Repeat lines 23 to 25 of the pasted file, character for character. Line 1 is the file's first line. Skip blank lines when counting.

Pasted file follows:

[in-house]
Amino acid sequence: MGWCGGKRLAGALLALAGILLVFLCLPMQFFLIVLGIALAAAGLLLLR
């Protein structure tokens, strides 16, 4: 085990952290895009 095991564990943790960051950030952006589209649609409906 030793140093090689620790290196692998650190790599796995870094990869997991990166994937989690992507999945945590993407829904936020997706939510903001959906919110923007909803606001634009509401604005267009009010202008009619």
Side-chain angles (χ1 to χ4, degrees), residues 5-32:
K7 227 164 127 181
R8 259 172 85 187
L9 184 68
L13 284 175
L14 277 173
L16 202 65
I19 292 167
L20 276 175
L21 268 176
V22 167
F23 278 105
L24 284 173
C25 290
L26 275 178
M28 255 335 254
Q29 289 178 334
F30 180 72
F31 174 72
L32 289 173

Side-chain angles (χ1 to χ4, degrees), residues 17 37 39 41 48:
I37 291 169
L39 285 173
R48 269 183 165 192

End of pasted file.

L32 289 173

Side-chain angles (χ1 to χ4, degrees), residues 17 37 39 41 48:
I37 291 169